The Bipartisan Infrastructure Bill allocates $65 billion to connect all Americans with reliable, high-speed internet. Four agencies are leading this effort: the National Telecommunications and Information Administration (NTIA), the Federal Communications Commission (FCC), the Department of the Treasury, and the U.S. Department of Agriculture (USDA).
There are currently 9 programs in effect to help support the planning, infrastructure, and adoption. Examples include:
- Broadband Equity, Access, and Deployment (BEAD) program
- Connecting Minority Communities Pilot Program
- Enabling Middle Mile Broadband Infrastructure Program
- Tribal Broadband Connectivity Program
A complete list of initiatives is available on the Internet for All website.
Helpful educational resources
1. How energy and utilities can access infrastructure spending for clean energy and modernization efforts (PwC)
Consulting firm PwC has published a valuable resource that summarizes how funds from the Bipartisan Infrastructure and Jobs Act will be allocated:
- Reducing carbon
- The construction of thousands of miles of new transmission lines needed for the expansion of renewables and clean energy
- The development, demonstration and deployment of cutting-edge clean energy technologies to speed the industry’s transition to a zero-emission economy
- Efforts to clean up Superfund and Brownfield sites, reclaim abandoned mine land and cap orphaned gas wells are also eligible for funds under the bill
Communities across the United States are the ultimate beneficiaries of these funds.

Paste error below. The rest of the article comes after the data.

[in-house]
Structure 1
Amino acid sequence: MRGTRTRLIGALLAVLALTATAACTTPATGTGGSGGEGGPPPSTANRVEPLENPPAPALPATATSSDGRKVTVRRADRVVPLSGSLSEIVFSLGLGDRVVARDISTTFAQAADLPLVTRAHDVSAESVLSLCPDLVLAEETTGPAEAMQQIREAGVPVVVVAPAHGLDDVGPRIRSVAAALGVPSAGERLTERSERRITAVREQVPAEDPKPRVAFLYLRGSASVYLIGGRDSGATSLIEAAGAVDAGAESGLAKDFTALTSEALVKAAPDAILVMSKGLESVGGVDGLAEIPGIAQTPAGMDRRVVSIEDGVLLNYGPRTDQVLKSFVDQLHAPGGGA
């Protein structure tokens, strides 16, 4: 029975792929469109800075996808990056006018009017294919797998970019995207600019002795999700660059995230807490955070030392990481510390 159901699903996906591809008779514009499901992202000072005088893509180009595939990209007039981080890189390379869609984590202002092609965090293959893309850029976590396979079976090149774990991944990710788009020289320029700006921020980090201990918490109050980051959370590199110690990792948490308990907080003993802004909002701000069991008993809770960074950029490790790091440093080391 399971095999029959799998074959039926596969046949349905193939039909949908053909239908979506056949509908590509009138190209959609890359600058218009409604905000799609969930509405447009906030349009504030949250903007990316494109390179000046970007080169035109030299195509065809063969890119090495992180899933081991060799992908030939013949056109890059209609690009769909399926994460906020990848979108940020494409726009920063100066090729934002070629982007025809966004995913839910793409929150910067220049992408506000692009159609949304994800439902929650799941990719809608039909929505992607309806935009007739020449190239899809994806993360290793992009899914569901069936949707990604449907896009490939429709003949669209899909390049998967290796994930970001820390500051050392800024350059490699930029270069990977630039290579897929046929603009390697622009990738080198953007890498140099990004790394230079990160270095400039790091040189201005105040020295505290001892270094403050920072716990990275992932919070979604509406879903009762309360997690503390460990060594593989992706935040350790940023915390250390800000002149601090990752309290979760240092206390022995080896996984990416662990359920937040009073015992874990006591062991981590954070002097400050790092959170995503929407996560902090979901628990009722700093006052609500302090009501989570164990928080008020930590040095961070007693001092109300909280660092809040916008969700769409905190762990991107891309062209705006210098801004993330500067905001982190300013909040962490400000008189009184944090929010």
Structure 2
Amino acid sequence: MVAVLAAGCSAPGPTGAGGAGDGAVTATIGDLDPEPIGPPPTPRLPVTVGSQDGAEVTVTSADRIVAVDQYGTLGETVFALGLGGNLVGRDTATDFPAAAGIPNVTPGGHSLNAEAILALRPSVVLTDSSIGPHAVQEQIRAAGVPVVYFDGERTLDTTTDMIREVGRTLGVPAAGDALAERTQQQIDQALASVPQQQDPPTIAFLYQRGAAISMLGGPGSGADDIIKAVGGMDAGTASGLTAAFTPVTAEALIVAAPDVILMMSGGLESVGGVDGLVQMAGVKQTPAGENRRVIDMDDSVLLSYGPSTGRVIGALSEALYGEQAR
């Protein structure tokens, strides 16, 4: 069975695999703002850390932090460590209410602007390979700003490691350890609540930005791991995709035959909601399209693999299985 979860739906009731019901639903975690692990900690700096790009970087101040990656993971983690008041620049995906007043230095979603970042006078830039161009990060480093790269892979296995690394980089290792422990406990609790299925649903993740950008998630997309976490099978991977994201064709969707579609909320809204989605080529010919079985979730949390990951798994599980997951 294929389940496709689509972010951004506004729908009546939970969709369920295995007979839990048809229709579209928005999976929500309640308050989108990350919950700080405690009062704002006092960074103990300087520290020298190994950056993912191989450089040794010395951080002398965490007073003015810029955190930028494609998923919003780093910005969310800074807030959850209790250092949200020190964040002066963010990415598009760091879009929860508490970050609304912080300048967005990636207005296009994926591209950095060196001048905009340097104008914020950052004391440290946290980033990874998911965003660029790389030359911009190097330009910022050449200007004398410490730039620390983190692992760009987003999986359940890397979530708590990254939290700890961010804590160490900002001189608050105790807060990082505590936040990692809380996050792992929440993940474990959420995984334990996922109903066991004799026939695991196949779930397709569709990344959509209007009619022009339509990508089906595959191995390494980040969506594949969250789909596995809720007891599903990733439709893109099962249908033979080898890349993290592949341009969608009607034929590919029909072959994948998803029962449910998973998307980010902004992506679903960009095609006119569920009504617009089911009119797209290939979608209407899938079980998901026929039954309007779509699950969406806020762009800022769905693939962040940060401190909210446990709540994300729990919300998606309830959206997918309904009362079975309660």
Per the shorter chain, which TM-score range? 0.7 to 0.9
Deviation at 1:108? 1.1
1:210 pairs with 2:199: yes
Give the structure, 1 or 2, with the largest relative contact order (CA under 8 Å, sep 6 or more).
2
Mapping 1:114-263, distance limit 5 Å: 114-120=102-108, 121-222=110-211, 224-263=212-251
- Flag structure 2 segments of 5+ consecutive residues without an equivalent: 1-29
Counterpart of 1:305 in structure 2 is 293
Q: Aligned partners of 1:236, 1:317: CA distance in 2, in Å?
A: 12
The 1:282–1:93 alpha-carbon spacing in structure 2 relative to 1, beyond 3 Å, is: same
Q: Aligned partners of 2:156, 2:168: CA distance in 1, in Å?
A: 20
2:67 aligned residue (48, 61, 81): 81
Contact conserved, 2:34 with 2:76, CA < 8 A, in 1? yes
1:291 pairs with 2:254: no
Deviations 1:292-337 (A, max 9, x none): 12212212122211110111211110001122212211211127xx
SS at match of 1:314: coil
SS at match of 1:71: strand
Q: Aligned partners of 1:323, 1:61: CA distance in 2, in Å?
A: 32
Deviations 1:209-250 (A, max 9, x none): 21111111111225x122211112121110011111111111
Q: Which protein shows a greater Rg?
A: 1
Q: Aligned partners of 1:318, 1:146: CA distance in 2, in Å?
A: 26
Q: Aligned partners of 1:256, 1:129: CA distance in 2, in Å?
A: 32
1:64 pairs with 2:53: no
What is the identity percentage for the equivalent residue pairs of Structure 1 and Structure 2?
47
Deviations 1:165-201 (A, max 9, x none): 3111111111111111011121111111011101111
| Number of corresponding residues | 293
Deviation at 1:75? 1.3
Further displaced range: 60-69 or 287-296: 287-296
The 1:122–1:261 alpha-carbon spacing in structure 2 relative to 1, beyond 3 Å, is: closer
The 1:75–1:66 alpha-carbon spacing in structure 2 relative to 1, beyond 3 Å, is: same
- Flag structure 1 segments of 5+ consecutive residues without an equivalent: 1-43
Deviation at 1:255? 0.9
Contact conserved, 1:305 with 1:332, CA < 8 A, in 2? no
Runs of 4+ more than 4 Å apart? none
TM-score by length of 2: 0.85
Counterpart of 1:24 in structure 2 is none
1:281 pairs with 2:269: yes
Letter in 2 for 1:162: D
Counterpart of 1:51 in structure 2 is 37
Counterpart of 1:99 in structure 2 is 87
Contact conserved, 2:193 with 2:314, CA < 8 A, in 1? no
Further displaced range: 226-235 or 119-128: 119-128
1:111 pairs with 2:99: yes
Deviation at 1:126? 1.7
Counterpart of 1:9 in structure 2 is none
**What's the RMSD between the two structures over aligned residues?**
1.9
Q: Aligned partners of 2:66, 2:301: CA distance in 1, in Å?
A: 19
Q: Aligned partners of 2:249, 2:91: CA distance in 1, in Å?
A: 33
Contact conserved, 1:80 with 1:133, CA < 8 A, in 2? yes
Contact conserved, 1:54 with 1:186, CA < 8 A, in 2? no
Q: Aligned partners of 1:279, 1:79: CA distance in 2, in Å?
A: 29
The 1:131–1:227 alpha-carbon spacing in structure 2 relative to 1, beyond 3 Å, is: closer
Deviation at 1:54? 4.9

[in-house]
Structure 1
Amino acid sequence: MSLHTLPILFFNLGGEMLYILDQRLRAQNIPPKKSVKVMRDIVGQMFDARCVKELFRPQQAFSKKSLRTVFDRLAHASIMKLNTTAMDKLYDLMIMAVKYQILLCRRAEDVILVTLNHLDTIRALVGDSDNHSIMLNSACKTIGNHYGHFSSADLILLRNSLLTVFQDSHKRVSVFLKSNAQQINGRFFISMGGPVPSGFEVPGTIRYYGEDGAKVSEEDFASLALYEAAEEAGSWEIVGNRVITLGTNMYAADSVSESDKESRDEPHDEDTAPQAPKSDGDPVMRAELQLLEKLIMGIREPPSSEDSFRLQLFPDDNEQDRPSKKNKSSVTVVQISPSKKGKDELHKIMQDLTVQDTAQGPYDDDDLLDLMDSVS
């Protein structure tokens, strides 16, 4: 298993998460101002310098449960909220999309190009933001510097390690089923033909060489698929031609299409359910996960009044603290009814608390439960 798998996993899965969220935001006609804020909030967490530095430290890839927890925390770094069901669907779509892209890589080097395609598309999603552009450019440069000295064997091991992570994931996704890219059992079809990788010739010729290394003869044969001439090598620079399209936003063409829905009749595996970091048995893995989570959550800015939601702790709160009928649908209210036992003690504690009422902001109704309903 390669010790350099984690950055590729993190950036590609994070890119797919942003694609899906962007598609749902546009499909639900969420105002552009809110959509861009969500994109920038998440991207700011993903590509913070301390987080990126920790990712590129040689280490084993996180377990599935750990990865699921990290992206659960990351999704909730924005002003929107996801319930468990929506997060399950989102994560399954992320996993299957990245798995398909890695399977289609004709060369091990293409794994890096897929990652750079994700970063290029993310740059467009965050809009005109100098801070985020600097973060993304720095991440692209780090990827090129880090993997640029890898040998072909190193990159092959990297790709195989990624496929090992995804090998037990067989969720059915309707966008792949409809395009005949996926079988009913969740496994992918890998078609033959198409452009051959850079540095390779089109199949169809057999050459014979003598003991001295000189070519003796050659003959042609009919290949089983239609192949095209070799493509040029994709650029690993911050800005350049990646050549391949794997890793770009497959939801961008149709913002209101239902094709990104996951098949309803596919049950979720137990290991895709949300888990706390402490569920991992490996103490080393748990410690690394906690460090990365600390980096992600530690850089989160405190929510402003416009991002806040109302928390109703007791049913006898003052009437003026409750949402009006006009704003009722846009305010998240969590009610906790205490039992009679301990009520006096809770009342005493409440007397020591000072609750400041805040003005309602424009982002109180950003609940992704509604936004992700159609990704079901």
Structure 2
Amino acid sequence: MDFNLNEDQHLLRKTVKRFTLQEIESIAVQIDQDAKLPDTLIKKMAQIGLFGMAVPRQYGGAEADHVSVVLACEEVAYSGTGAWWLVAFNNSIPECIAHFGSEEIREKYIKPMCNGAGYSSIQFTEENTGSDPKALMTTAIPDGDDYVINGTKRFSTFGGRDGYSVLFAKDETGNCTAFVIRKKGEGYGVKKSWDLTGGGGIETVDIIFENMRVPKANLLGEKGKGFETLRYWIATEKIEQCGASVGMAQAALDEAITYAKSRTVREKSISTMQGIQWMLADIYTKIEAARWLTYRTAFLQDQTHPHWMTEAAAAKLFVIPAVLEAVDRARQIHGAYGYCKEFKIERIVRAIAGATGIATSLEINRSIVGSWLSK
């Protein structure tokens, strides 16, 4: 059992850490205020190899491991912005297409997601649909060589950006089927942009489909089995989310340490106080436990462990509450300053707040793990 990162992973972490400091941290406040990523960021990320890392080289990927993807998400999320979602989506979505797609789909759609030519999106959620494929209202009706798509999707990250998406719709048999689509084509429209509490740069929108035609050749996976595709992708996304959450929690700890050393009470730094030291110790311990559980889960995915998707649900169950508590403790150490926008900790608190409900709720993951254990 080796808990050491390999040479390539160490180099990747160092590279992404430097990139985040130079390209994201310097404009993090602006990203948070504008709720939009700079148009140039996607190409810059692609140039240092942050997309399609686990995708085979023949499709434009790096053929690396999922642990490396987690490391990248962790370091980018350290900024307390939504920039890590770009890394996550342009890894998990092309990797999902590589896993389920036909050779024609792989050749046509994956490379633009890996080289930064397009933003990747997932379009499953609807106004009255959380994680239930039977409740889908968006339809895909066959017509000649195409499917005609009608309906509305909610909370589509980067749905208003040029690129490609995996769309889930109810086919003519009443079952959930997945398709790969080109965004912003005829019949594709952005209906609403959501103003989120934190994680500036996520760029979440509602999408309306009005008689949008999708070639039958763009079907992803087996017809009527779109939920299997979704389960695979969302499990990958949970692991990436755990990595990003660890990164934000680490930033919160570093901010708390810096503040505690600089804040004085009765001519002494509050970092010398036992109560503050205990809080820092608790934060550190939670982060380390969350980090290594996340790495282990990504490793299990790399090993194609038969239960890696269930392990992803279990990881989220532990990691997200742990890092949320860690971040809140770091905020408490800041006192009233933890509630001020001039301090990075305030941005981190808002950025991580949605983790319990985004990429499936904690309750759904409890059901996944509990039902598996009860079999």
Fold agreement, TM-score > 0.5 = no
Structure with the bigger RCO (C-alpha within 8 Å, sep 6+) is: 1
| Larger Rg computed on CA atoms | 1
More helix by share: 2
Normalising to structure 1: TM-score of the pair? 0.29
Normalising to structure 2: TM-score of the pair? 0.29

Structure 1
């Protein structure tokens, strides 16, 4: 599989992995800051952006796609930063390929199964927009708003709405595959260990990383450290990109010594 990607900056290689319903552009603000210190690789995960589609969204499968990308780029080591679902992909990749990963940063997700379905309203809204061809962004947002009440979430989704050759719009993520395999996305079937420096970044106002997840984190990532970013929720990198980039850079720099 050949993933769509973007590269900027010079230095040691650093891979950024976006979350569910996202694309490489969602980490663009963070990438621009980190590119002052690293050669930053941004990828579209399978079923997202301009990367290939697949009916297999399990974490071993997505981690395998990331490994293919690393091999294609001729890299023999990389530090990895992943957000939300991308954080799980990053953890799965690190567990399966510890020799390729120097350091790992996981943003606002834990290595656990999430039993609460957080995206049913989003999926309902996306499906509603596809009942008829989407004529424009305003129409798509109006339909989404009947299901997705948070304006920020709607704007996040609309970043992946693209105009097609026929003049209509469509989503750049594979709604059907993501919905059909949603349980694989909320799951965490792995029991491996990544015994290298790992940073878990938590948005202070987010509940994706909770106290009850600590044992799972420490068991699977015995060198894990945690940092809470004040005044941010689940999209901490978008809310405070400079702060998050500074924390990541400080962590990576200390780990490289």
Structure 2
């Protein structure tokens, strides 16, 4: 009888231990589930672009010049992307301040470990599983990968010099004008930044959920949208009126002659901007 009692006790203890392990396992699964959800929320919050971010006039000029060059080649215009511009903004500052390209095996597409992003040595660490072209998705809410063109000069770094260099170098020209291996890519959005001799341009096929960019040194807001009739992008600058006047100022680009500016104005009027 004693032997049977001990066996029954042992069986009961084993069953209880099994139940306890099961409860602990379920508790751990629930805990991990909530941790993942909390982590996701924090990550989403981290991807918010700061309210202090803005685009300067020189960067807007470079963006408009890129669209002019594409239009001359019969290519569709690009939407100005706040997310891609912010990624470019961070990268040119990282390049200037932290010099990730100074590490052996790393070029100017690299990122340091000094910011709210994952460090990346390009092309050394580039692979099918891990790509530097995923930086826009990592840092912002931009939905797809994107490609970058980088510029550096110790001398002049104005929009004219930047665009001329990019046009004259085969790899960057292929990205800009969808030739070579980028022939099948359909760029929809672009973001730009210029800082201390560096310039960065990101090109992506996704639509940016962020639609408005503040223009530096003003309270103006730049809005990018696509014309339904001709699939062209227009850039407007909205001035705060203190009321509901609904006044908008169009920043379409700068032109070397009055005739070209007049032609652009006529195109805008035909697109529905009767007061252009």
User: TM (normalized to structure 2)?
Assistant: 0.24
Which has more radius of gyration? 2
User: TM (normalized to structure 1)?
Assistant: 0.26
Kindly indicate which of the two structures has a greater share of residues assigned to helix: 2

2. Navigating the complexity of the bipartisan infrastructure law (McKinsey)
Consulting firm McKinsey has created a Bipartisan Infrastructure Navigator to “to help governments identify programs, monitor key deadlines, and more.” This resource can help a range of industry participants, from private sector technology providers to field service teams and more. Ultimately a lot of groups will be working together to execute on ambitious objectives.
“A database of more than 20,000 discrete elements powers the BIL Navigator,” explains McKinsey. “ The database uses artificial intelligence to analyze the law’s 1,000-plus pages of text, as well as additional research we’ve conducted on BIL’s approximately 400 programs. It is continually updated as the federal government releases new information about them.”
This long-term resource can help organizations of all types get clear on details that might be uncertain or confusing.
In the coming months and years, as initiatives continue to materialize, organizations will be mobilizing to prepare. Field service organizations will inevitably be part of the overall deployment equation, and one key question will be how to best support people in the field to make their best judgment calls.
As deployments begin, it will be important to have the right software in place to execute expediently, efficiently, and with a high degree of precision. A work order management system will be especially useful for meeting this goal while keeping technicians productive.
Praxedo is here to help connect field teams with mobile tools that can greatly improve service quality. With an intelligent field service software system in place designed to streamline operations and jobs, dispatchers spend less time scheduling the ideal route and technicians get to their destinations faster. Optimized scheduling will not only improve response times, but also keep customers happy.
Contact us to schedule a demo to learn more about our field service management software.
In collaboration with Storyhackers.